Friday, July 28, 2006


Factlet of the Day

Britain locks up more people per capita than Saudi Arabia, China, or Burma (Myanmar). (It's still well below the US, however, with 145 prisoners per 100,000 people ..., compared to 738 prisoners in the US.) And it has more "lifers" than the rest of Western Europe put together. —Mark Rice-Oxley in "'Revolving door' crowds British prisons with repeat offenders"


Thursday, July 27, 2006


Stupid Law of the Day

The Euclid [Ohio] city council has passed a law making it illegal to cover windows with blankets, garbage bags, newspaper or other unsightly items in place of curtains.
Violators will receive warnings and could face up to six months in jail and a $1,000 fine.

Here's the good news—

Law Director Chris Frey said he could not find a similar ordinance to use as a model.


Tuesday, July 25, 2006


Headline of the Day

Five 'killed' in Gaza shellingBBC

Notice the quotation marks. Quotation marks have two basic uses. The first, as indicated by the name, is to mark off the exact words of a speaker or of a text. The second use is to indicate that the word or words in quotation marks carries some special or metaphorical meaning.

To illustrate this second use, someone might write that "Jon Stewart 'killed' the audience last night," and you would understand that he didn't actually exterminate them. It can also be illustrated by the text of the article cited—

Mr Obeid said he was being "tortured" by living in a building in "the direct line of fire" of Israeli artillery.

We all know that being shelled by Israeli artillery is not actually "torture," as defined by the Bush administration, but is a somewhat exaggerated metaphor for "discomfitted." Not a drop of vital bodily fluid was spilt. As for being in "the direct line of fire," that is merely Mr. Obeid's opinion and illustrates the first use of quotation marks.

The first use also occurs frequently in U.S. headlines whenever an accusation is made against the U.S. military. You will usually see the words "rape," "torture," or "murder"—depending upon the atrocity—in quotation marks. The implication is that the act may or may not have occurred, that someone is being quoted and that the publication in no way wishes to assert that the allegation is in fact true. This is a technique to avoid being accused of prejudgment or, worse, disloyalty to one's country.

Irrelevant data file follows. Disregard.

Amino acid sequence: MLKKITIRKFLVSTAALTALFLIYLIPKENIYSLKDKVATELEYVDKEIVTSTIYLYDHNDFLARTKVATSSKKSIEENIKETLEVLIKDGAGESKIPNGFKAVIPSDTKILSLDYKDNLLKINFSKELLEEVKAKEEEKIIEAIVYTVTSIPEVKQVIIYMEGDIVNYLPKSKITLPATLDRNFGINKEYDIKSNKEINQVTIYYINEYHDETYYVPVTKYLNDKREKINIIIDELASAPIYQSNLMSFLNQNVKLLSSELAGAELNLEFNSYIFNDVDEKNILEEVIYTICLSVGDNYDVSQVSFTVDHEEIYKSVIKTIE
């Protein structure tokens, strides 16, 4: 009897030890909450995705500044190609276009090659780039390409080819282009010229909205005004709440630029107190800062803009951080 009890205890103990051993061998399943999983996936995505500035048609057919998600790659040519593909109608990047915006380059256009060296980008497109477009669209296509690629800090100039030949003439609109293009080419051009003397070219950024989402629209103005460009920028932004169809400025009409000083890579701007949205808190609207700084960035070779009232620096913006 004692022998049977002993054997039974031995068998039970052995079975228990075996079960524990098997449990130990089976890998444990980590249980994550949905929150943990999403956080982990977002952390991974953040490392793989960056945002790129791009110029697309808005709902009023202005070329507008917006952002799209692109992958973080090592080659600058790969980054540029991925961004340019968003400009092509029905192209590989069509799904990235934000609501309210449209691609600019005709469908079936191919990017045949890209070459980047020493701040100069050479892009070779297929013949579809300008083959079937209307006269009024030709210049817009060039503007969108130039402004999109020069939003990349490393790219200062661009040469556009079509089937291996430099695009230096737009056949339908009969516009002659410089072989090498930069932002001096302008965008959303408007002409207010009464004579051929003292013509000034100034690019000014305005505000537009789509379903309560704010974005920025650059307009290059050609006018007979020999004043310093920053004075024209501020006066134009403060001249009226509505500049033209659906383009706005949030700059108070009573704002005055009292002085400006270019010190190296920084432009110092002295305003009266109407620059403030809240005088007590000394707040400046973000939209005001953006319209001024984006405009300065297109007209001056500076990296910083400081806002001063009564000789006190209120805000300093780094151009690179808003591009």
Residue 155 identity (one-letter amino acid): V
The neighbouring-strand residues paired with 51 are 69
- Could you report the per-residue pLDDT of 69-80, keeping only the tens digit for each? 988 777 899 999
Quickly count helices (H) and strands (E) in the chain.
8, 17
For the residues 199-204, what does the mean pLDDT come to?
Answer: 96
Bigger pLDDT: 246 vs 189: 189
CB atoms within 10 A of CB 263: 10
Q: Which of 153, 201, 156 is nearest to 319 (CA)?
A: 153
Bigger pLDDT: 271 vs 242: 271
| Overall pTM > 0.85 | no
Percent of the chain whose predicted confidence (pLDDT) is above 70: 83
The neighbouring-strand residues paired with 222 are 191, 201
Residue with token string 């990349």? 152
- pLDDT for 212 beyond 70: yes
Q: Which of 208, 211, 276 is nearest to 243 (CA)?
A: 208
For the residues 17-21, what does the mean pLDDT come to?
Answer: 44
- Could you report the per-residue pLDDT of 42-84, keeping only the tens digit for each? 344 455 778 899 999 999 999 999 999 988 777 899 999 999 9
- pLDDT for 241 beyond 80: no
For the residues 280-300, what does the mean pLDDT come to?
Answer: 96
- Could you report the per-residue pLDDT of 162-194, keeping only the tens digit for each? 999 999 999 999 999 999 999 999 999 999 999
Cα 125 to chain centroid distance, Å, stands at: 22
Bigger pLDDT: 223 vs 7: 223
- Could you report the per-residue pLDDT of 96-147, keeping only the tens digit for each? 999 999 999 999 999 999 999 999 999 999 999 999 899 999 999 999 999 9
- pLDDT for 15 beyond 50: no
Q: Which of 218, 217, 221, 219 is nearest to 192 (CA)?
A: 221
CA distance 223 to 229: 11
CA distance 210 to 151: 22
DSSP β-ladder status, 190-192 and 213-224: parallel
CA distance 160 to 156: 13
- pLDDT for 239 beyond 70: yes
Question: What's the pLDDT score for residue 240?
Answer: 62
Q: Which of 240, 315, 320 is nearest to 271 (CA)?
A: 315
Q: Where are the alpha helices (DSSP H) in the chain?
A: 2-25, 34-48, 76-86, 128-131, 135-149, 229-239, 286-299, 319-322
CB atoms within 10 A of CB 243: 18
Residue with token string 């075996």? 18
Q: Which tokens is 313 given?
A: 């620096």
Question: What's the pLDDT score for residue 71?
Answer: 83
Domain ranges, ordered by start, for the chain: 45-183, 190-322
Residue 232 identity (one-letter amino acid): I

But I confess that I've never seen "killed" put in quotation marks, especially when the story asserts that the killing did indeed take place.

Three people were killed when a shell hit a crowd outside a block of flats near the Israeli border.

Later, a shell exploded in an area of open ground to the town's west, killing a 14-year-old boy and his grandmother.

The headline is also a bit timid as to who did the killing. You have to read the article to learn that it was the Israeli military. I mean, the headline writer might at least have written "Israel 'killed' five Gazans" and leave it for us to guess whether the event actually occurred.

Is this a new editorial policy at the BBC? That Palestinians are "killed" but Israelis killed?

It is much worse actually to be killed than merely to be "killed." Being "killed" leaves some room for maneuver.

I get the impression that the Israelis really are "taking it on the chin," don't you?



Global Warming Effect of the Day

Spain's oldest nuclear power station - the Santa Maria de Garona plant - was shut down on Sunday because the Ebro river water became too hot to cool its reactor. —BBC in "France seeks medics for heatwave"


Monday, July 24, 2006


Quote of the Day

[F]undamentalism in the Southern Baptist form is incompatible with higher education. In fundamentalism, you have all the truths. In education, you’re searching for truths. —David W. Key, director of Baptist Studies at the Candler School of Theology at Emory University, as quoted by Alan Finder in "Feeling strains, Baptist colleges cut church ties"



Factlet of the Day

700 new acts have been defined as criminal since Labour took power in 1997. —Mark Rice-Oxley in "'Revolving door' crowds British prisons with repeat offenders"

That's quite a "crime wave" for the British. I hate to think how many crimes have been invented in the U.S. over the same period. If you're still breathing you can be sure that you're breaking some law or another.


Sunday, July 23, 2006


I told you so...

White House Shifts Tack on Tribunals: Bush to Propose Only Minor Changes

[M]any Republicans -- and some Democrats -- believe court-martial rules would afford too much protection to terrorism suspects, allowing them to use the tribunals to access classified information, communicate with terrorist leaders, and delay a verdict and sentencing indefinitely.

When arrestees are simply declared to be guilty, it greatly simplifies the administration of justice.

Previous posts
Guantánamo: "The cleanest place we're holding people" (6/30/06)
Parsing the Pentagon's Geneva Conventions turnaround (7/11/06)


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